Babies have moved beyond playing and crying

    For those of you (or more likely, just you) who are interested in how I fared with the perpetuation of my chromosomes, I am pleased to report that my wife Liz and I have successfully reproduced

    It was a piece of cake. We got to the hospital at 10 p.m. and Douglas James Werner was born at 10:30 p.m. I was a rock. Oh sure, there was a lot of screaming and howling from Liz, but you know how melodramatic women can be.

    So now weíre all home. And there have been some surprises for me. I expected I would have to learn some new things, and probably purchase a few, but I had no idea I was going to have to learn a whole new language.

    Parentspeak is easier to learn than, say, Chinese, but it is still an adjustment. Mainly, what you have to do is elevate your adjectives and nouns to the Elian Gonzalez level of overstatement. At least this is what I have been able to gather based on my two sessions with the new parents group hosted by our pediatrician.

    Being the enlightened New Age kind of guy I am, I took the little fellow to the meeting so Liz could have a couple of hours off. Besides, I thought it might be fun to be the only Dad in a group of Moms, offering my unique and wise perspective on things.

    Not exactly.

    One of the mothers was talking about how her little Junior has a "meltdown" every evening at dinnertime. It took me a while to realize she was talking about a tantrum. Babies donít just cry it seems, they stage their own personal Chernobyls.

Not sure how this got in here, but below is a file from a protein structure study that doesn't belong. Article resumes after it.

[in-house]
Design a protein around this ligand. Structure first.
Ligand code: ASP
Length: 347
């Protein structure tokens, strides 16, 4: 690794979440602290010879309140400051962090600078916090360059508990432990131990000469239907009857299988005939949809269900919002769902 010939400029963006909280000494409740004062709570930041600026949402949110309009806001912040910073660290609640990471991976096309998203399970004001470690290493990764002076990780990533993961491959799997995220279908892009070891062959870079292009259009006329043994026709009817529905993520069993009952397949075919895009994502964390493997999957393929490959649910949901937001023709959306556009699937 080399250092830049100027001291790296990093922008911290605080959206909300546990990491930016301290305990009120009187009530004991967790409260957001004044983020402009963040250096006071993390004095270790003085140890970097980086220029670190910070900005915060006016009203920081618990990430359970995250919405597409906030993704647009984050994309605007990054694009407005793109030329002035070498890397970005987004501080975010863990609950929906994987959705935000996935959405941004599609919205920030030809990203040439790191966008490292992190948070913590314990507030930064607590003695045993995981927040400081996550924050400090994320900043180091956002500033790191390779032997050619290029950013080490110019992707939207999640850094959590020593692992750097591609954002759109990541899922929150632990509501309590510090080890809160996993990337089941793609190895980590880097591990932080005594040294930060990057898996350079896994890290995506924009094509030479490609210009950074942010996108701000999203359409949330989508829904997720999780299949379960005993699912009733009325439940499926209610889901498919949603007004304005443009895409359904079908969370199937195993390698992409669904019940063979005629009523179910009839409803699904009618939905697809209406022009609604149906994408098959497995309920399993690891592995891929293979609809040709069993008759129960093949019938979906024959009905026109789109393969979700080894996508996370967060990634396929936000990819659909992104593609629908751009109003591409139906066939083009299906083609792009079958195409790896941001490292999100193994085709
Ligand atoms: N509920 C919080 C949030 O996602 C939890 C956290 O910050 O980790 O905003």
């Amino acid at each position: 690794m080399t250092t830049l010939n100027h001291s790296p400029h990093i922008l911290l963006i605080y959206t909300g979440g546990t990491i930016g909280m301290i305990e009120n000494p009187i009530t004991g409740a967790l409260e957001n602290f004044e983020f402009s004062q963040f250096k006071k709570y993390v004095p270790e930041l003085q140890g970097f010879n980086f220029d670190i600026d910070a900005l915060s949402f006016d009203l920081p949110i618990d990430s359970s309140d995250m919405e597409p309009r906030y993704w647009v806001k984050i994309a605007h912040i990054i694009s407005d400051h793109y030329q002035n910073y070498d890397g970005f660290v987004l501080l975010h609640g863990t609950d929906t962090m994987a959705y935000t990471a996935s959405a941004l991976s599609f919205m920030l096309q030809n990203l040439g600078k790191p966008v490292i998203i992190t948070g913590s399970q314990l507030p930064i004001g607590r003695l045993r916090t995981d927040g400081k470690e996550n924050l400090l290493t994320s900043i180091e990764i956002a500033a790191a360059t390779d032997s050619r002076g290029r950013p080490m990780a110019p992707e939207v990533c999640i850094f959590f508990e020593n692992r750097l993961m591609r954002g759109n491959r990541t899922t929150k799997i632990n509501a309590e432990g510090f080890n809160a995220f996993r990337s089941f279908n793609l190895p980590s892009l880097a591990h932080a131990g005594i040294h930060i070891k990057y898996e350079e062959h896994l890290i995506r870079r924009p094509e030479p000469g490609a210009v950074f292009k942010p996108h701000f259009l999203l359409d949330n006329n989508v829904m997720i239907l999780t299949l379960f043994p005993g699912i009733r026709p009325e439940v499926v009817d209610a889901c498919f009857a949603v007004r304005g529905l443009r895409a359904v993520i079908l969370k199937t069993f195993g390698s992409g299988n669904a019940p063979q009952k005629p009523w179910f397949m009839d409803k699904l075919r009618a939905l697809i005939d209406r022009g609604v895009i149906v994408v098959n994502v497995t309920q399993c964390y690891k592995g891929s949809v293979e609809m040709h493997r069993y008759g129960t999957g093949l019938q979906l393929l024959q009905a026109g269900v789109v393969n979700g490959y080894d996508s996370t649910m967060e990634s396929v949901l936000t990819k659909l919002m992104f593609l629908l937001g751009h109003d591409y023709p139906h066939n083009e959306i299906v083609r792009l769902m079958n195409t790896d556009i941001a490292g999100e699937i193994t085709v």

Also, I had thought playing with the baby was playing with the baby. Wrong again. All the goofy things parents do Ė poking, tickling, making goofy faces, singing, etc. is referred to as "interaction."

    And the others in the group were politely horrified when I admitted we did not own the complete set of "Baby Einstein" videos. According to their manufacturer, the videos are "created to stimulate baby's development . . . . Baby Einstein is based on research that shows that exposure to a wide variety of phonemes . . . . can result in greater brain capacity."

    Iím thinking I ought to buy these things for me. If I watch them enough, maybe I can figure out what the heck a "phoneme" is. No way do I want a kid thatís smarter than me.

    The only chance for my kid to be a baby Einstein is if the qualification is having the same hairstyle. I try to comb his hair, I really do, but five minutes later it looks like he stuck his finger in the electrical socket.

    Iím also wondering how Einstein got to be Einstein without these videos.

    Parents out there are also buying Baby Mozart, Baby Bach, Baby Shakespeare and Baby Van Gogh. If anyone out there finds Baby John Wayne, Baby Dick Butkus or Baby Pedro Martinez, please write.

    I know that infants are supposed to be learning new things every day, but Iím not seeing a whole lot of evidence of it. I do have a theory that when he cries (a/k/a melts down), itís probably because some lonely thought is rattling around in his head. That could hurt.

    On the other hand, maybe heís smarter than I think. I brought my guitar out of retirement so I could play it to help him fall asleep at night. It seems to work, but I am nagged by the suspicion he is just faking it to get me to stop.

    And Iím also wondering if the need to change his diaper Ė right after Iíve changed one Ė might be some sort of practical joke. Talk about your infantile sense of humor.

    I dunno, maybe the whole world is smarter than me. Parents seem to be planning the route to Princeton for their kids, while Iím still trying to figure out if Pampers or Huggies are better.

    But Iím going to try and do better. At next weekís parenting meeting, Iím going to listen and learn. I just hope I donít suffer a meltdown from all the interaction.


January 2, 2001